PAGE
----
Enterprises big and small share goals when it comes to security. When it makes business sense, they want to leverage what exists; speed up the delivery of more accurate information to the appropriate decision maker; improve a process that’s essential to the organization; piggyback one solution to help solve sometimes unrelated others; and save time or money or both.

Daniel Gohl, principal at McKinley Technology High School in Washington, D.C., knows better than some boardroom-oriented CEOs that – when there’s an incident – wasted time can cause exponential harm.

Middleware can access a database, display student names and document an incident – all in a uniform and fast way.

Leverage existing tech

Gohl’s assignment: Leverage the school’s existing technology to improve student services by increasing his faculty’s access to student information such as emergency contacts and medical records as well as grades and schedules.

His solution was in the hands of his staff – WiFi-enabled PDAs. Mobility was the overriding key. Before the improvements, “We were able to access student information only on desktop systems, which isn’t helpful to school personnel monitoring school grounds.”

To meet his business needs, Gohl saw value in the two “Ms” – middleware and mobile technology – to deliver secure, wireless data to school administrators. In an instant, they can access emergency and truancy information and other critical student information wherever and whenever they need it. It’s a solution being shared by more and more corporations and government agencies, where the chief security officer can pull up access and security video from a laptop or where an officer at an outdoor entrance can check IDs by pulling up a person’s database info and even her portrait on a sophisticated, wireless device. Next generation Web-based access control systems now allow first responders to go online to determine not only the number of people in an impacted building or floor but also more detailed information on each one.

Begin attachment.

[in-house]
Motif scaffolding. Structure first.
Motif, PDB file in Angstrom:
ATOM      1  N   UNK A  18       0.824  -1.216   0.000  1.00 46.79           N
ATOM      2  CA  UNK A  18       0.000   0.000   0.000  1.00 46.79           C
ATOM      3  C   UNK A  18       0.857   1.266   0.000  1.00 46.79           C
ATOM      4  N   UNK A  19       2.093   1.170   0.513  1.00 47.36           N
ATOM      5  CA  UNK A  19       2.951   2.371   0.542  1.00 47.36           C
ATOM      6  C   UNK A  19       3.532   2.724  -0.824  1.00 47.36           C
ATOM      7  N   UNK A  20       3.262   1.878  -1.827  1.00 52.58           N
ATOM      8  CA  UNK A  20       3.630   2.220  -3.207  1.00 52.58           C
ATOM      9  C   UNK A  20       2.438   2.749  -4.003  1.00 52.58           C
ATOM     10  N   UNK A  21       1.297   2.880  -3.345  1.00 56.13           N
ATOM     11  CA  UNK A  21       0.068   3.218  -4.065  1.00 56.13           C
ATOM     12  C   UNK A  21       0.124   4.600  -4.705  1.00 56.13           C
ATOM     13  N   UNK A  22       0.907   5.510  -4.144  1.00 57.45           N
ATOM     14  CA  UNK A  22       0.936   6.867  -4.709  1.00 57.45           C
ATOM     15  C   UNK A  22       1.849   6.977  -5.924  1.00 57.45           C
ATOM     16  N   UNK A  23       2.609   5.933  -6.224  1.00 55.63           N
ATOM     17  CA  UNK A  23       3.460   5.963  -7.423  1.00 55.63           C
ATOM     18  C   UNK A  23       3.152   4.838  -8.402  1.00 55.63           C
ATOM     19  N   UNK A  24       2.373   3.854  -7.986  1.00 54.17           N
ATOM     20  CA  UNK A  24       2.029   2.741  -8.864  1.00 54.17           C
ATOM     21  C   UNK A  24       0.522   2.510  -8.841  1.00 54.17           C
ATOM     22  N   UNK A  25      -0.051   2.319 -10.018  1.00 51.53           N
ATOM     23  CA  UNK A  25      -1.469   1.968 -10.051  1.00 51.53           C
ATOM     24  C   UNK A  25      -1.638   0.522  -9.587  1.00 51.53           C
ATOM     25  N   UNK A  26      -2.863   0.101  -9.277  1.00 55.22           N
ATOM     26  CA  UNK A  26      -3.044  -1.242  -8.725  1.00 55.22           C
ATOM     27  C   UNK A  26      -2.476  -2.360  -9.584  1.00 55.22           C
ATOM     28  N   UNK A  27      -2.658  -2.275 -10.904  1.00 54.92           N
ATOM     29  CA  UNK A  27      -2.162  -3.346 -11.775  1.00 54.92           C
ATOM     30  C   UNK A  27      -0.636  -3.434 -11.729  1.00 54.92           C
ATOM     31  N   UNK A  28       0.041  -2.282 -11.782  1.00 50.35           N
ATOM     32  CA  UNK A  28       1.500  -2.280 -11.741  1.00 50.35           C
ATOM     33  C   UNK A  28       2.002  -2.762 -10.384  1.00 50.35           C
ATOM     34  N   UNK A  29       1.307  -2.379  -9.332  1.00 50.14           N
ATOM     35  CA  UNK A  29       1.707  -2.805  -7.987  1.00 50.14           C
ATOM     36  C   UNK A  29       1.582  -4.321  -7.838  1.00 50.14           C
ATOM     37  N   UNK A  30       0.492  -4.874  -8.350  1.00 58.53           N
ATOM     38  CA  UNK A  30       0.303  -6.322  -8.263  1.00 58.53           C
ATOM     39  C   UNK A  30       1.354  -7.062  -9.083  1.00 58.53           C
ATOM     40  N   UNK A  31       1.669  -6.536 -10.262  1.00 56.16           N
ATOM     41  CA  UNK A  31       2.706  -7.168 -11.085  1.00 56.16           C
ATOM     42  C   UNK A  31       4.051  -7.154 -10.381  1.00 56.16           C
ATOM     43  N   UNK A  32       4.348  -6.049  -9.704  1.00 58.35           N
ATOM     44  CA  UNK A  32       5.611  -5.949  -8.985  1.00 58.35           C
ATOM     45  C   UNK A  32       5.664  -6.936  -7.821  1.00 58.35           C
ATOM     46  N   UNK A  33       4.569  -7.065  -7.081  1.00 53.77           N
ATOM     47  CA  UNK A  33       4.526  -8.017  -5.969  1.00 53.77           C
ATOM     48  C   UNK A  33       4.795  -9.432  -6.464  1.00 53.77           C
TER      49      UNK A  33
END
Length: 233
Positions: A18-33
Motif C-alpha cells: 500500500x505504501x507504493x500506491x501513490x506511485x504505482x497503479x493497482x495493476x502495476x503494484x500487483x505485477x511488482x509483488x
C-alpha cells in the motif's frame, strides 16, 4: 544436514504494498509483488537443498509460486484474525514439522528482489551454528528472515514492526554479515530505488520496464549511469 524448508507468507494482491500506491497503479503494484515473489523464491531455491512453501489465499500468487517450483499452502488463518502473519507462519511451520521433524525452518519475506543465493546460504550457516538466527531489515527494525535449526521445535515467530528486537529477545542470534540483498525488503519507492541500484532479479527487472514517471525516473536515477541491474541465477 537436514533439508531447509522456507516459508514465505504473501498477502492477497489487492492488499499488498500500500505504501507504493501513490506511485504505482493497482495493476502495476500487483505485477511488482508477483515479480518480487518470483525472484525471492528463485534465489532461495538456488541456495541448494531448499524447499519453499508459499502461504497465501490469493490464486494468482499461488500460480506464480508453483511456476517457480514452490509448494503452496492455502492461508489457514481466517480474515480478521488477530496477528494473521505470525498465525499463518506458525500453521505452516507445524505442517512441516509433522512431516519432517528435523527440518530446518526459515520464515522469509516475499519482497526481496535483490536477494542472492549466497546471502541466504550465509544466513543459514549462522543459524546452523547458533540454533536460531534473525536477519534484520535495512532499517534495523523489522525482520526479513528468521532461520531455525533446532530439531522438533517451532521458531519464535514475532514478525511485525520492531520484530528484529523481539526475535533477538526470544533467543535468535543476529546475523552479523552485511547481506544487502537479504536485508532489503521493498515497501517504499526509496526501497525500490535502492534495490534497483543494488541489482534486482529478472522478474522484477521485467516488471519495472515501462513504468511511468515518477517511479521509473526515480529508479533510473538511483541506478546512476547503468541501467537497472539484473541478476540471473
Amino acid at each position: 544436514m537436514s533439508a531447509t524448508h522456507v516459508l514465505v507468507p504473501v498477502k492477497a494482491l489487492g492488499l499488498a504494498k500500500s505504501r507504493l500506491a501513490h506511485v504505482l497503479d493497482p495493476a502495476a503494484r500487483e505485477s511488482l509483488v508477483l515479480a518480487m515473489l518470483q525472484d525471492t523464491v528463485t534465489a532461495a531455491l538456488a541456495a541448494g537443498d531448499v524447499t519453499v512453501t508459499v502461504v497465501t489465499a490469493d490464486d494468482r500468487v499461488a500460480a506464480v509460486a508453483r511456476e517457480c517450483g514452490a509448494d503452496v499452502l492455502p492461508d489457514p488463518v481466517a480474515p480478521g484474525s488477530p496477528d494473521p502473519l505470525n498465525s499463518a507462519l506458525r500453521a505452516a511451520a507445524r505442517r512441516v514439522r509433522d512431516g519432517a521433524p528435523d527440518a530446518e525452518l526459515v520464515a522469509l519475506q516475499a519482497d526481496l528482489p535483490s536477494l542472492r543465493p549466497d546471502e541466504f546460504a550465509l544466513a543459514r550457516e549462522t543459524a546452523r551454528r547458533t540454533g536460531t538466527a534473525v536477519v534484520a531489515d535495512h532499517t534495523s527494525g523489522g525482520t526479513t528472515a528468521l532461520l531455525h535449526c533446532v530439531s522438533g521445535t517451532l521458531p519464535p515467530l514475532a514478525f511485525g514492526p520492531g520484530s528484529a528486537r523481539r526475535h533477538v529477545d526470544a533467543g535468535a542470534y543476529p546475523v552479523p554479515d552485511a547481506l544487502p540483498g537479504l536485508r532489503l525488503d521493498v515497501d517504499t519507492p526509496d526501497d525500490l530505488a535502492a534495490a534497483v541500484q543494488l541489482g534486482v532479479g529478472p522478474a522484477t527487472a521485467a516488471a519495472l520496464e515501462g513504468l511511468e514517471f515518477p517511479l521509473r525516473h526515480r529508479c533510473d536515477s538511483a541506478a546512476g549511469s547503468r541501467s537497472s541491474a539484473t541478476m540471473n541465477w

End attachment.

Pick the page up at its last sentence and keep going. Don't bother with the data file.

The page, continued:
More security executives, often working more closely with their IT colleagues, are also bringing in middleware or what some call enabling technology to bridge existing computer and communications infrastructure to do better or more or faster or all of these outcomes. Middleware comes from sources not usually found in the traditional security market or are brought into a design thanks to a systems integrator.

The charm of middleware

For McKinley’s Gohl, “Now we have an application (Mobile Guardian from Defywire, Herndon, Va.) that roams wherever our personnel and students are. This has greatly enhanced our ability to secure the school and significantly cuts down on staff hours spent completing paperwork associated with disciplinary incidents.”

The real-time nature of such incident reporting applications creates accurate, uniform and instantaneous documentation of incidents. To me, it also sounds like guard tour systems on steroids.

And just like those early guard tour systems, Gohl aims to expand uses for his mobile devices. His future plans include adding teachers to the user base and using sophisticated wireless technology to evaluate teachers and provide instant feedback at the end of the class.

SIDEBAR: My Twist on Security Happenings

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